Forget those arduous years of film school, those hours poring over terms like "mise en scene" and "cinema verite." Let Harrison Ford clear up the secrets of moviemaking for you.
"They used to have this thing that they called 'telephone logic' that they were teaching people at MGM. Mike Nichols told me this," Mr. Ford said in a recent interview. "If you're going to the telephone, and you're going to get bad news, go with a smile on your face, otherwise they're not gonna know when you get bad news. If you're gonna get good news, you go with a frown on your face, so that you can make a change of statement.
"That's about all you need to know about movies."
That out of the way, Mr. Ford is ready to discuss his latest effort, the action-adventure film "The Fugitive." After a long day of dishing with the press ("There's always the chance that I'll suddenly decide to tell the truth," he said with a weary smile), he spoke about his position in the Hollywood hierarchy and his relationship with his audience.
"The Fugitive" is based on the popular '60s TV series about Richard Kimble, a doctor falsely accused of the murder of his wife. While evading the persistent Deputy U.S. Marshall Sam Gerard (played here by Tommy Lee Jones), the good doctor must also find the one-armed man actually responsible for the murder.
But fans of the series may be surprised that this "Fugitive" has none of the existential underpinnings that distinguished the David Janssen series and little time for character development. Essentially, it is, as actress Sela Ward puts it, "a chase film."
Though producer Arthur Koppelson had pursued the vehicle for years, he also happily pared it down to its bare essentials. In one breath, Mr. Koppelson spoke at length about "my passion for the series;" in the next, he admitted that for the most part, "We set it aside."
Ms. Ward, who portrays Kimble's wife, can attest to that fact. She recalled the night of her big scene -- the last moments she and her husband have together before her murder. The evening was frittered away with second unit material of random cops entering and exiting the Kimbles' apartment.
"Then, at 4 a.m., they said, 'OK, let's get this,' " she recalled, still not believing that the scene was hastily thrown together. "I was so horrified I could barely get the words out."
"There's very little time to sketch in his life before the circumstances lead to his becoming the fugitive," Mr. Ford conceded, adding that he never saw an episode of the series all the way through.
Still, director Andrew Davis ("Under Siege") said, Mr. Ford was the perfect choice to portray Kimble: "He's very good at playing the victim, very good at playing the guy who's running away from something. He's played a person in jeopardy a lot.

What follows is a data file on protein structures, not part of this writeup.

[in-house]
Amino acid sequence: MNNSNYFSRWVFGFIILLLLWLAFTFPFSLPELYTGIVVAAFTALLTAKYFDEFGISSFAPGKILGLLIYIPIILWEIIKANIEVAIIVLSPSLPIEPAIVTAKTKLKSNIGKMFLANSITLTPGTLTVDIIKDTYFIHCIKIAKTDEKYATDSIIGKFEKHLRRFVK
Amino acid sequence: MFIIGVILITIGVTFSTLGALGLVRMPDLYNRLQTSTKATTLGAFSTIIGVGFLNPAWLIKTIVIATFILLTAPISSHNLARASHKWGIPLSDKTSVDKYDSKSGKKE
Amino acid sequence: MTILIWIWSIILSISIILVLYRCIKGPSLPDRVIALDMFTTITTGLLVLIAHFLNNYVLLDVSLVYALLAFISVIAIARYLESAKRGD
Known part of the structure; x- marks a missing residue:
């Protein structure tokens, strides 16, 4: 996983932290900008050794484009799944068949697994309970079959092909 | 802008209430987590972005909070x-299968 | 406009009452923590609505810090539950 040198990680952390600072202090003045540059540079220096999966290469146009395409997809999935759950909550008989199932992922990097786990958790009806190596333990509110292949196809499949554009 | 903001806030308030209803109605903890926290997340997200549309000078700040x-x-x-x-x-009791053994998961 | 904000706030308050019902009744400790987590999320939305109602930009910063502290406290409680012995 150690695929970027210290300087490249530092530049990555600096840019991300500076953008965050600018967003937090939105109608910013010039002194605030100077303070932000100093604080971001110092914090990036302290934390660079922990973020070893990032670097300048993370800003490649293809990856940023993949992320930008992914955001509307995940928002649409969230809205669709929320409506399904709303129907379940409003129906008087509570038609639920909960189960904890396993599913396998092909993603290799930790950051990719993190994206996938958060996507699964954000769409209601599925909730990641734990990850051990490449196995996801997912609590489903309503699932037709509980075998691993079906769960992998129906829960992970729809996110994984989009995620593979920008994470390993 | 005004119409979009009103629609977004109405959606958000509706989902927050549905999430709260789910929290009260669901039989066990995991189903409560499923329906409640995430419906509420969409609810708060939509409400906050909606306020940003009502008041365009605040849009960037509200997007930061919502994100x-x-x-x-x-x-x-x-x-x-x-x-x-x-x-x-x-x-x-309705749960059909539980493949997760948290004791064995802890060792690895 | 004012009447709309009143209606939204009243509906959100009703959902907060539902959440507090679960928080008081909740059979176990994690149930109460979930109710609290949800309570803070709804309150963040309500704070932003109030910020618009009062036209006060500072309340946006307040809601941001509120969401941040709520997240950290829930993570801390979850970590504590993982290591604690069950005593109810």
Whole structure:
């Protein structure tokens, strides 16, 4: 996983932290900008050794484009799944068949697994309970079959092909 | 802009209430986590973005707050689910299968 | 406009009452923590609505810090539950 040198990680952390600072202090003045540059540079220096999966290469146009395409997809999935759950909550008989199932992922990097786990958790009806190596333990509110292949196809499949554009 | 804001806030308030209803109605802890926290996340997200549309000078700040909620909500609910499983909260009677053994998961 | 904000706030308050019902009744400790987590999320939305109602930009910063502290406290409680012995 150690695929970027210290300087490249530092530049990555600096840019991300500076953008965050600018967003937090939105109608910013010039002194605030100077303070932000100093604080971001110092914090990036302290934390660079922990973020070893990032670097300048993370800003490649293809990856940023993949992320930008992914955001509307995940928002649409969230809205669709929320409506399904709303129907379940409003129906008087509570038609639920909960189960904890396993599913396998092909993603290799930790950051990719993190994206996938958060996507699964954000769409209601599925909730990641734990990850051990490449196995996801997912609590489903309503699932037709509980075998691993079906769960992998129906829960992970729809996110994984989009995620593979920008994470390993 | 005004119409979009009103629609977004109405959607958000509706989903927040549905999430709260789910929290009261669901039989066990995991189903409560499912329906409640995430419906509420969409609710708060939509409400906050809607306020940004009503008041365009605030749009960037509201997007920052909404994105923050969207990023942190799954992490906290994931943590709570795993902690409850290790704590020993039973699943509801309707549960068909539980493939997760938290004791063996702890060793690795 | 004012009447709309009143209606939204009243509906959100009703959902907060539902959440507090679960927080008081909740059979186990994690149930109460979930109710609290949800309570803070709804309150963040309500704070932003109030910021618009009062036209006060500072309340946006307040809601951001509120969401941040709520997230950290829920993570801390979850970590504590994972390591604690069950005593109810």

"He even makes fun of it," Mr. Davis added, mimicking a gesture from Mr. Ford's acting repertoire and saying, "[He'll say], 'You mean, No. 72?' He's almost a silent movie actor. He has the body language and the ability to exaggerate things."
Mr. Ford agreed that his established persona makes it easier for audiences to relate to his characters' predicament. "I'm the designated driver in a way," he said. "I'm the audience's emotional representative on screen. . . . There's more emotional connection between you and a character who's an ordinary man who behaves extraordinarily than if it's an extraordinary man all the way through."
With action films these days constantly trying to outdo one another with their stunts and violent set pieces, Mr. Ford admitted that it's hard to find projects in which character and plot aren't overshadowed by ever-escalating thrills. "In the Indiana Jones movies, there was a humor behind it all that makes those wildly extravagant stunts work," he said. "But in other films that I do that have some action element, I do try to keep it down to a realistic scale. When it gets too big, too wild, too crazy, too much of a stunt for the sake of a stunt, it takes you out of the movie."
While making "The Fugitive," he continued, "there were a couple of times when I thought we were dangerously close to not meeting our obligation to be realistic." He voiced his concerns, he said, and now, "they're not in the movie, they were scaled back."
Indeed, Mr. Ford considers himself lucky that he can affect the final outcome of his films. Through it all, though, he remains a Hollywood outsider, eschewing the glamour of Los Angeles for the comfort of his Wyoming ranch, which he shares with his wife, screenwriter Melissa Mathison ("E.T.: The Extra-Terrestrial").
"This is where I work, that's where I live," he said, conceding that he doesn't make it into town too often. "I work once a year. The audience only has a certain amount of interest in any person. It's best, I think, to be very careful about how much product you put out. It's better to be a little scarce than to be always available. And I need that time for my private life. I just can't bare to work more than once a year."
Mr. Ford is likewise pragmatic about the people who see his movies. "I don't think of people who see this as fans, I see them as customers," he said. "It's a service occupation. I'm an assistant storyteller. . . . Your opportunity to continue doing the job you're doing depends upon the degree you are of service to the people."
Which means, he admits, that it can be difficult to convince the customers that he's anything less than a hero -- for example, he probably wouldn't fare too well playing a villain, as evidenced by the tepid audience response his film "The Mosquito Coast" received.
"As long as you keep in mind the limitations that that relationship imposes, you have an obligation to stretch their expectations from time to time," he said, which is the closest he would come to saying he has become typecast. "You want to do something different, but it may become more and more difficult. And it is difficult."